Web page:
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NFL Draft Prospect Film Study: T.J. Yeldon

Note: With the Lions in need of a running back, we’ve been examining RBs from this year’s talented draft crop. We’ve studied Todd Gurley… 1,149 more words

Detroit Lions

Coverage of European parties in European language Wikipedia editions

by Eve Ahearn, Taha Yasseri.

Reading niche political party Wikipedia pages, as one does when working on the Social Election Prediction project, one might wonder if there are any trends in languages, which have articles about political parties of different countries. 324 more words

Oii

Rondo to the Knicks? Thanks but no thanks

The Knicks are expected to have more than $25 million to spend in free agency this summer, but the biggest key to going from a 17-65 team in 2014 to a potential playoff candidate next season is spending it wisely. 480 more words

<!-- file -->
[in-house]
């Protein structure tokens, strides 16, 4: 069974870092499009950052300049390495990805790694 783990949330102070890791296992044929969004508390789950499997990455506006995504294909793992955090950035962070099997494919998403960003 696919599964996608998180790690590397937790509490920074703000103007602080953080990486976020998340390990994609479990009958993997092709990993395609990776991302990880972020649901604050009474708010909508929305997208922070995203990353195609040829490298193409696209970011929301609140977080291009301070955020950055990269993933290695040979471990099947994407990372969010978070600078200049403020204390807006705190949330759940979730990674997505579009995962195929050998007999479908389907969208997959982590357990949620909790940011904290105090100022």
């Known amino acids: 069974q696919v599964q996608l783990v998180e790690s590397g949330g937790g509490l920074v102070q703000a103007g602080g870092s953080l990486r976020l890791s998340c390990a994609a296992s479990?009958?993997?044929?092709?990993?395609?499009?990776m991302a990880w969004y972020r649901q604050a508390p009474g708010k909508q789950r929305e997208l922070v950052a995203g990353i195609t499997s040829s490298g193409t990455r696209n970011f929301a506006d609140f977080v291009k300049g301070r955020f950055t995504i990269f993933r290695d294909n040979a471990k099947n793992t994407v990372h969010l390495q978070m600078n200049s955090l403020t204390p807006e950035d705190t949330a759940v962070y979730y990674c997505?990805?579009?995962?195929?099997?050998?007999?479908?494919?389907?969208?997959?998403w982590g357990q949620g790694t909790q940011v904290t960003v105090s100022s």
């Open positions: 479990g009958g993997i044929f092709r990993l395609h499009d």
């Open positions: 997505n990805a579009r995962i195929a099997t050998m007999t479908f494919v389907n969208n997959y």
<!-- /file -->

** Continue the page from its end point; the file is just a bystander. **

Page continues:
NBA

Medical Students Don't Learn About Death

The following is part 1 in a series about death and dying in the medical context. This reflection was written by me earlier this year, before I sought out a Palliative Medicine elective. 630 more words

Medicine

Jay Z Blog reblogged this on Forensic News and commented:

The following is part 1 in a series about death and dying in the medical context. This reflection was written by me earlier this year, before I sought out a Palliative Medicine elective. Part 2 will follow soon.